A new study published in the journal Science on June 3, 2022 found that 44% of the Earth’s surface, or 64 million square kilometers (24.7 million square miles), must be conserved in order to protect biodiversity.
Dr. James R. Allan from the University of Amsterdam led the team that used advanced geospatial algorithms to map the best places on the globe to save Earth’s species and ecosystems. They also used spatially explicit land use scenarios to estimate the proportion of this land that will be threatened by human activity by 2030.
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“Our study is the best current estimate of how much land we need to conserve to stop the biodiversity crisis. It’s essentially a conservation blueprint for the planet,” said lead author James Allan.
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“We must act quickly. Our models show that over 1.3 million km2 of this important land – an area larger than South Africa – is likely to see its habitat cleared for human uses by 2030, which would be devastating to wildlife.”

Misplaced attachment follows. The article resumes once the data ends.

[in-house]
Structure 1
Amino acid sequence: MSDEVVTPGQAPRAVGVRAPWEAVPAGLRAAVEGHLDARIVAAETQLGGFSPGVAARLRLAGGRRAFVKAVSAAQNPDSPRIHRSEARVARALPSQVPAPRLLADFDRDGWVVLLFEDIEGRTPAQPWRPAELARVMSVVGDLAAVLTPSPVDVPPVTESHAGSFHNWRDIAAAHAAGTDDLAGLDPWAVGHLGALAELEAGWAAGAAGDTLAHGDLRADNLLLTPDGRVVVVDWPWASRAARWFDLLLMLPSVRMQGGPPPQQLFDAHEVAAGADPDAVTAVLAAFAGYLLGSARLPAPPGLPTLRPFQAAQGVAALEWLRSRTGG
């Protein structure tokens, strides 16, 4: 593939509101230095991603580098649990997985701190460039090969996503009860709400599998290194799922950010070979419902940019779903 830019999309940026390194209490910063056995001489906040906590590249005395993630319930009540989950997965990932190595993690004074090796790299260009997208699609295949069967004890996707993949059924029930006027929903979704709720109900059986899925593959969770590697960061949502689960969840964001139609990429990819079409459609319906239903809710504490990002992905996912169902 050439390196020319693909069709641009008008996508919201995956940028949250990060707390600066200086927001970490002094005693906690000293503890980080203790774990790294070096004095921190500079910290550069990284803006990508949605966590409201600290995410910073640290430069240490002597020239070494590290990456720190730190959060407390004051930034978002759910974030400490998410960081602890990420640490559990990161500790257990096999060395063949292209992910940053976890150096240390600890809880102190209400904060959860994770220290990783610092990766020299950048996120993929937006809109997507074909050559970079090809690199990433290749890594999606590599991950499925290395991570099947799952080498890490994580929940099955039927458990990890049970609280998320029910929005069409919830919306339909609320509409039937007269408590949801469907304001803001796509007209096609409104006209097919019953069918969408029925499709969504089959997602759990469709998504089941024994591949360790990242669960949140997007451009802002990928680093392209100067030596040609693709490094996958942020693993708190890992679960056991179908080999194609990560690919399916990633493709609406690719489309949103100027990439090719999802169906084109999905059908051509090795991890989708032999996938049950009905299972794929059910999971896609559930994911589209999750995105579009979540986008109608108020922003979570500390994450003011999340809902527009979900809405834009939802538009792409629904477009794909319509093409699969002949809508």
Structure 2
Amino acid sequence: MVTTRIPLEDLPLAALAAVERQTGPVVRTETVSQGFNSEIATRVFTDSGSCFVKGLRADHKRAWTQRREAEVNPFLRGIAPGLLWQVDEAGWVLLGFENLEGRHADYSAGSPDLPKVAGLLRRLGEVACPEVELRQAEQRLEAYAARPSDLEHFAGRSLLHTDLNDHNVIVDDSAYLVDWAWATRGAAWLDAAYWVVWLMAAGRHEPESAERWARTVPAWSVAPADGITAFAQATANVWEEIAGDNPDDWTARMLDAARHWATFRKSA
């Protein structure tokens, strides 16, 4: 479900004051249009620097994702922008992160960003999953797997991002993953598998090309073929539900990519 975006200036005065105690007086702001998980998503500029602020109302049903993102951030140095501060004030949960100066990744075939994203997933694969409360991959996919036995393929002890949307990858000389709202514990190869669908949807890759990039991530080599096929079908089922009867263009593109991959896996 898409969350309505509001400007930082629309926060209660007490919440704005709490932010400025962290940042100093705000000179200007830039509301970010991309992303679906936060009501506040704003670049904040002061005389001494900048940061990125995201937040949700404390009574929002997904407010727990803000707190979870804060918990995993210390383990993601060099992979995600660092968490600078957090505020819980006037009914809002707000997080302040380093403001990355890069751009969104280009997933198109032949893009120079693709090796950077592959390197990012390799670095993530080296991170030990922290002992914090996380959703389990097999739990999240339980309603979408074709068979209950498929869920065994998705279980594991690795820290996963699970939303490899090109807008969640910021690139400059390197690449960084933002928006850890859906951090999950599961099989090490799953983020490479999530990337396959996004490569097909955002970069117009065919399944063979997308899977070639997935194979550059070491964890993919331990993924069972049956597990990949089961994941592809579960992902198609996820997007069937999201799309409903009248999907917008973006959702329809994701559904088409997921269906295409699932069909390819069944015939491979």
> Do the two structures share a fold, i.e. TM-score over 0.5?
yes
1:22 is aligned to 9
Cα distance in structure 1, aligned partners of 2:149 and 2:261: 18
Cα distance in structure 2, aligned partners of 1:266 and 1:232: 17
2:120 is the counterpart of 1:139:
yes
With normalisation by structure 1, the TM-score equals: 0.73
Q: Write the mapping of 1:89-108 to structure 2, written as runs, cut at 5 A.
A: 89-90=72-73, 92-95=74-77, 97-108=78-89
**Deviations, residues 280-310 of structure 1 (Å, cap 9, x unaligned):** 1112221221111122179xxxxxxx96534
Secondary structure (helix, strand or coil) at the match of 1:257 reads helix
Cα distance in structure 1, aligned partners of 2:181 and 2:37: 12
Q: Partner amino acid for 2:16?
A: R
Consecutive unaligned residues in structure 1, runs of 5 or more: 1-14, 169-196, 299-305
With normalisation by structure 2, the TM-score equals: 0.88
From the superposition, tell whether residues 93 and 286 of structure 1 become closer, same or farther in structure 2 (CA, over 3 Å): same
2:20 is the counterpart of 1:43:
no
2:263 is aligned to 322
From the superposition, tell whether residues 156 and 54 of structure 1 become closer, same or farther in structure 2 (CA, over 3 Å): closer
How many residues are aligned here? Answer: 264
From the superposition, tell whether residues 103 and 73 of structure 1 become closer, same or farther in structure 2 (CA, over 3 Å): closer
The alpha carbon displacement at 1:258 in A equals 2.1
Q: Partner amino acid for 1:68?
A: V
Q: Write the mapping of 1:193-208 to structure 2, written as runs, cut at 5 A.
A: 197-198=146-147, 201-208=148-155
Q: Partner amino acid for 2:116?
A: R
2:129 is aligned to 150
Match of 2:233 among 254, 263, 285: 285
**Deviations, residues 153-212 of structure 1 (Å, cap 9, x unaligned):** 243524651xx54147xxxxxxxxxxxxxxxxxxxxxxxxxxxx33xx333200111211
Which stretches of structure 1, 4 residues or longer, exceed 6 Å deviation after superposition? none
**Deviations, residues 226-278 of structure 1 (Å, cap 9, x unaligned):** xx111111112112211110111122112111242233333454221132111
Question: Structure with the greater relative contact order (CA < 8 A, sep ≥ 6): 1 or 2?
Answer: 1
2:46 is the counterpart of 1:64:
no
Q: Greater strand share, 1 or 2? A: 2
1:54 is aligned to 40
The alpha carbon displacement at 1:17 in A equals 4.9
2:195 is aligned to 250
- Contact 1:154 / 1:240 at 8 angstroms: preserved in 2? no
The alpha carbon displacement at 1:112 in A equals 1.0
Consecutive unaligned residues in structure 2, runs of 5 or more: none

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This finding has crucial policy implications, as countries are currently negotiating a post-2020 global biodiversity framework under the Convention on Biological Diversity, which will ideally enter into force later this year with new targets and biodiversity targets. This will set the conservation agenda for the next decade or more, and governments will be required to report regularly on progress towards these goals.
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